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Marsh Wren - BirdForum Opus

Photo by Skean
Plum Island, Newburyport, Massachusetts, USA, June 2005
Cistothorus palustris


Subspecies thryophilus
Photo by Stanley Jones
Anahuac National Wildlife Refuge, Chambers County, Texas, USA, December 2017

11·5–12·5 cm (4½-5 in); A small, stocky wren with a relatively long bill and relatively bright, contrasting markings.

  • Brown upperparts
  • Light brown belly and flanks
  • White throat and breast
  • Black back with white stripes
  • Dark cap
  • White supercilium
  • Short thin bill
  • Relatively long, pinkish legs adapted for grasping vertical reeds


Back Plumage
Photo © by jrcummins84
Horicon Marsh State - National Wildlife Refuge
Mayville, Wisconsin, USA, 14 May 2021

United States and Mexico. See Taxonomy section for detailed distribution of subspecies.


Photo © by DJ ODonnell
Loveland, Colorado, USA, 23 May 2021


Fourteen or fifteen subspecies are recognized:[1]

A study shows genetic divisions within this species possibly indicating a future split.

Subspecies deserticola is not recognised by all authorities.[2]


This species occurs almost exclusively in marshes with tall vegetation.


Solitary or in pairs. Tends to remain hidden in tall reed grasses; most often heard rather than seen. Forages within the reeds for food. The males often appear perched on vertical reeds and singing emphatically. Has been known to destroy the eggs of other birds nesting in the grasses, and having its own eggs vandalized in turn.


Polygamous. The male builds several globular nests attached to the reeds with side doors; the female chooses one and finishes construction, lining it with feathers and plant material. The nests can be in colonies if the breeding population is dense enough. Incubation of eggs is 12-16 days, by the female. Young stay in nest 11-16 days. Two broods per year.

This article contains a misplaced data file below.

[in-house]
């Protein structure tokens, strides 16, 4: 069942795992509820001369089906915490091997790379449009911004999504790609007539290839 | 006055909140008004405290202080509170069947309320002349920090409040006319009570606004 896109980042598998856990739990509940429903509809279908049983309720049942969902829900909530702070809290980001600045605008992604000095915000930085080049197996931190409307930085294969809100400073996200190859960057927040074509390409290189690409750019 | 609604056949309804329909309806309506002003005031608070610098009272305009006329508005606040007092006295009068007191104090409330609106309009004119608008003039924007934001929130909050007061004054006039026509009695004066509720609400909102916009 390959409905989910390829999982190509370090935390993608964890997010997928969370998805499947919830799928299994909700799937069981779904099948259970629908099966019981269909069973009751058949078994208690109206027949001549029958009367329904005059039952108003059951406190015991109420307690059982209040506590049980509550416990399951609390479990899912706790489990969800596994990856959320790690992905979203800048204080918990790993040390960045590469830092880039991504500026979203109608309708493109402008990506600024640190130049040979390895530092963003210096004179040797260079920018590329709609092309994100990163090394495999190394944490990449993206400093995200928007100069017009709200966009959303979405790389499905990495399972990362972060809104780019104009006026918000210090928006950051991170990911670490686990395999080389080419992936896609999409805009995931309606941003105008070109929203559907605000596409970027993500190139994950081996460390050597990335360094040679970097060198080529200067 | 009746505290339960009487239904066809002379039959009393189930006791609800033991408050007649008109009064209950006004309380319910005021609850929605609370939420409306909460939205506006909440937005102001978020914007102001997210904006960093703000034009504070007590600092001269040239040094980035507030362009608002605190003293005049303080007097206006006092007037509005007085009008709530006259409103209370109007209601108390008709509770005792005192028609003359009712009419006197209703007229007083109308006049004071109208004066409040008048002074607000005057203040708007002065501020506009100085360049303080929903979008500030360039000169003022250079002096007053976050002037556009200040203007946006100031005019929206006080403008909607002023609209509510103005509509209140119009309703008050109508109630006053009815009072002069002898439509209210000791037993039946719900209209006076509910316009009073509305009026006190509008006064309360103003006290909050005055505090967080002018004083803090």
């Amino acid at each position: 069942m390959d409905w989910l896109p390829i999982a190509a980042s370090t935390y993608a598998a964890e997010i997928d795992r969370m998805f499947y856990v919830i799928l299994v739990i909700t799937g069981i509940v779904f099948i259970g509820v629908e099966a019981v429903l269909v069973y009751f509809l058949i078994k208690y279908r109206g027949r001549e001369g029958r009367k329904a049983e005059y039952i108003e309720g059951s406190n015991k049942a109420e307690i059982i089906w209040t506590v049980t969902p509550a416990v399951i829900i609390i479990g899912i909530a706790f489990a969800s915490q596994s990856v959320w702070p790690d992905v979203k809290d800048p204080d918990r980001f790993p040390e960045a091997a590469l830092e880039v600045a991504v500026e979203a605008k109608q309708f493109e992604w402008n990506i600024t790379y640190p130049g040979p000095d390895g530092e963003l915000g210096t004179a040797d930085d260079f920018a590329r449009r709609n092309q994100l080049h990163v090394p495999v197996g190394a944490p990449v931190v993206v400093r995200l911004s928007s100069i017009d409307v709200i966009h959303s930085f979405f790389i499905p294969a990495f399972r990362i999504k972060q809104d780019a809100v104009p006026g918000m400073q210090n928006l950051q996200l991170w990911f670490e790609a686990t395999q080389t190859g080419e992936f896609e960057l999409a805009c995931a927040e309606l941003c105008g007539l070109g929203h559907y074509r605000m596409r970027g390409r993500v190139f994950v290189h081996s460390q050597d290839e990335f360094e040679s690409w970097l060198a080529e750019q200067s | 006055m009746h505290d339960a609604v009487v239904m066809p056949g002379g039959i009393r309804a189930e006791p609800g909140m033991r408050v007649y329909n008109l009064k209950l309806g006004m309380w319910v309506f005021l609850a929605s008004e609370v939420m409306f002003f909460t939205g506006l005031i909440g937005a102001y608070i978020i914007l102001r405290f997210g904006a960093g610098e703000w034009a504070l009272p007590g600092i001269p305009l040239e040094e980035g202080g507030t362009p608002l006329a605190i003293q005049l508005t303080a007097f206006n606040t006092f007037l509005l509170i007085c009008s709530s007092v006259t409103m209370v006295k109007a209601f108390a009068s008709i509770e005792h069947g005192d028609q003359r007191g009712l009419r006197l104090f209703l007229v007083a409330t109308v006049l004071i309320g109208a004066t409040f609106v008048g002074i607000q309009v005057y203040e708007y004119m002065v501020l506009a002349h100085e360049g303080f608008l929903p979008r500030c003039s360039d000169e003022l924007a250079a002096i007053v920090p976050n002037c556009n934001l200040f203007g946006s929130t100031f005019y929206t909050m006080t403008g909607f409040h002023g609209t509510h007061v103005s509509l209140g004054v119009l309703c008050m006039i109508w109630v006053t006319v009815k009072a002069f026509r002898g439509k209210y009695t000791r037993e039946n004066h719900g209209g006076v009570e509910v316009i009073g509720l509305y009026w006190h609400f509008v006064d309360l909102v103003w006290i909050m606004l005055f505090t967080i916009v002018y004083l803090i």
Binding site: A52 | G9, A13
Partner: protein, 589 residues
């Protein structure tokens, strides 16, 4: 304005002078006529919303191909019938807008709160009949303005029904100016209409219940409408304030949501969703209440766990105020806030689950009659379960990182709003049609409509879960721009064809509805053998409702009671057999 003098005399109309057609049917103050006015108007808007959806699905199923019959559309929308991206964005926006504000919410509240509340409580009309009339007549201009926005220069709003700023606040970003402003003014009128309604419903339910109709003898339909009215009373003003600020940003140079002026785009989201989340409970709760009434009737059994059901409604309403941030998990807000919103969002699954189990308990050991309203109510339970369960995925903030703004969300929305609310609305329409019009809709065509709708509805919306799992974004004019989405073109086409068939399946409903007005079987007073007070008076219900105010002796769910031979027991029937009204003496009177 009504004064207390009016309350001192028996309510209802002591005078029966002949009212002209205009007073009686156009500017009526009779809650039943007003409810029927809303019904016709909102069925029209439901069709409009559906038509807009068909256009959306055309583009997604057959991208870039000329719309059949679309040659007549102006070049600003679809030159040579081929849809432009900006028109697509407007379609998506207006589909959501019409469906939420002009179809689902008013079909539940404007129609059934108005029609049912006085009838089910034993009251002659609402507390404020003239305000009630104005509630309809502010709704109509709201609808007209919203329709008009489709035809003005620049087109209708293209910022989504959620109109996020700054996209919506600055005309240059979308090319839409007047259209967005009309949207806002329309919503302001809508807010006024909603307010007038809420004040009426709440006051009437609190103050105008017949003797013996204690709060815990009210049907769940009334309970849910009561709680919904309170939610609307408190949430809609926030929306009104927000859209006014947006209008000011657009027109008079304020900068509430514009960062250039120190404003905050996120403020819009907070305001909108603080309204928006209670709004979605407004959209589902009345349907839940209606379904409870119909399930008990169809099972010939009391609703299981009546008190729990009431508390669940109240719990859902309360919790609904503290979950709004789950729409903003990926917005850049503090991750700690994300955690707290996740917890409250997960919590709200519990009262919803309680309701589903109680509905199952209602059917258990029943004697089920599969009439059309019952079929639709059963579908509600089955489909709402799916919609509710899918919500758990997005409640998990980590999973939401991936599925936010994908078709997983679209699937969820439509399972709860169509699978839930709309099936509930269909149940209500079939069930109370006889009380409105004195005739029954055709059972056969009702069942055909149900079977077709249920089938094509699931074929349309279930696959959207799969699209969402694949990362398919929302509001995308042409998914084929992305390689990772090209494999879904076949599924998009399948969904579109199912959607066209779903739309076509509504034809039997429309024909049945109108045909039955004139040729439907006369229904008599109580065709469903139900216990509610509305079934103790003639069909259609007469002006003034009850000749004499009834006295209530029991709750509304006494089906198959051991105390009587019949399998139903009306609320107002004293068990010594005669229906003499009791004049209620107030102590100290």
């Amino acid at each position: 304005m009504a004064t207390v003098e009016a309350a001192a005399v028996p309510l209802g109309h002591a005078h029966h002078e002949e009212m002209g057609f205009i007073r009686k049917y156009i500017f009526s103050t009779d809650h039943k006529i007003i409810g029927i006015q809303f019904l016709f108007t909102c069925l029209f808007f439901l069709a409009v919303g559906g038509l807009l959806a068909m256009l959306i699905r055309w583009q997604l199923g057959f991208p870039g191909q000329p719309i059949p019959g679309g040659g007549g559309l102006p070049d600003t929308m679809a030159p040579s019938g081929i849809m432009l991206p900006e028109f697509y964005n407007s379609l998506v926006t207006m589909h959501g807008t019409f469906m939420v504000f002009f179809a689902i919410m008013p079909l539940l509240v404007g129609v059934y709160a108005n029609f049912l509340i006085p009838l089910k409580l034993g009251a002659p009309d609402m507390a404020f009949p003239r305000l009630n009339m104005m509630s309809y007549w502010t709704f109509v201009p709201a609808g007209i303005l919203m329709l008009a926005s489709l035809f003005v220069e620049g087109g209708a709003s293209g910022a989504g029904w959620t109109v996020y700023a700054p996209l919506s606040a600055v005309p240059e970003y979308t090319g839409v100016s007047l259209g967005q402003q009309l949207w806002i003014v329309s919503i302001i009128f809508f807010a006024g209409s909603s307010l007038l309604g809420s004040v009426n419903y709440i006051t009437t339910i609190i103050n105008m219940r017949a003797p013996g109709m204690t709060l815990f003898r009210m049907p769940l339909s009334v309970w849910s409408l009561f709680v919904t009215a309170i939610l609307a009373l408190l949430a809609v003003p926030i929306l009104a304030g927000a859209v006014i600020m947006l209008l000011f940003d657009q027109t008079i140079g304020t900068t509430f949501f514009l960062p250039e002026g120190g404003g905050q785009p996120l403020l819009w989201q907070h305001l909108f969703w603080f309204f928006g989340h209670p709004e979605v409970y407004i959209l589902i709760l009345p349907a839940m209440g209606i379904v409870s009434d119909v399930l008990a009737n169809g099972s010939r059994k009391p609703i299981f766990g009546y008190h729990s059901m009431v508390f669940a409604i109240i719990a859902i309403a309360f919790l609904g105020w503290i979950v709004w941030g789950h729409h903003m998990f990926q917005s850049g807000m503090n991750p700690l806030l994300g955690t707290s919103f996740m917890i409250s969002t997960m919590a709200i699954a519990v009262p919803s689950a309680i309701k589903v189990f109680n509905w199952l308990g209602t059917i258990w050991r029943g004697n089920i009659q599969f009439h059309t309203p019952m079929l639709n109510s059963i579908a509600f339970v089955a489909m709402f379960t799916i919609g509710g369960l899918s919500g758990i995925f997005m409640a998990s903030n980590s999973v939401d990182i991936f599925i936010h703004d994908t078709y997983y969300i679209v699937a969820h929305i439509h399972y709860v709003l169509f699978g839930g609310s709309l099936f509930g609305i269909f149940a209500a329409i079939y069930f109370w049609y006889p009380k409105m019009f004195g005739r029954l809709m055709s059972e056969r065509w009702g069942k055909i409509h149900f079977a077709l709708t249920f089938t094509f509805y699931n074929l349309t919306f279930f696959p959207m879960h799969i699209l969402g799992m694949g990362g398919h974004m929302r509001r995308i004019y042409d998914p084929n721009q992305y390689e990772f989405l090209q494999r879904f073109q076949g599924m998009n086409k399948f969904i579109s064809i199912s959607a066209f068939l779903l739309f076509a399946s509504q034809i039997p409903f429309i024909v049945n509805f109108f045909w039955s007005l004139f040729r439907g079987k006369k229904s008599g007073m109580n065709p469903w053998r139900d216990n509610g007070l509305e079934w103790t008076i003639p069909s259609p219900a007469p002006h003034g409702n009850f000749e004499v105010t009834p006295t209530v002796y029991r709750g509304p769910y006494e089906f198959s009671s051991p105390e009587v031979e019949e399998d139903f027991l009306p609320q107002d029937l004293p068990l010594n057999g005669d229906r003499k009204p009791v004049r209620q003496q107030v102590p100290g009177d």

Includes insects, spiders and snails, and sometimes other birds' eggs.


Song: Complex trilling and gurgling songs, with a wide repertoire, especially among the western subspecies. Also sings at night.
Call: An abrasive tuk, similar to the flight calls of some blackbirds, or te-suk-te-suk. Other rattling or chirring calls are possible from within the wide vocal range of this species.


  1. Clements, J. F., T. S. Schulenberg, M. J. Iliff, D. Roberson, T. A. Fredericks, B. L. Sullivan, and C. L. Wood. 2017. The eBird/Clements checklist of birds of the world: v2017, with updates to August 2017. Downloaded from http://www.birds.cornell.edu/clementschecklist/download/
  2. Avibase
  3. Paper describing genetic findings with this species

Recommended Citation

External Links

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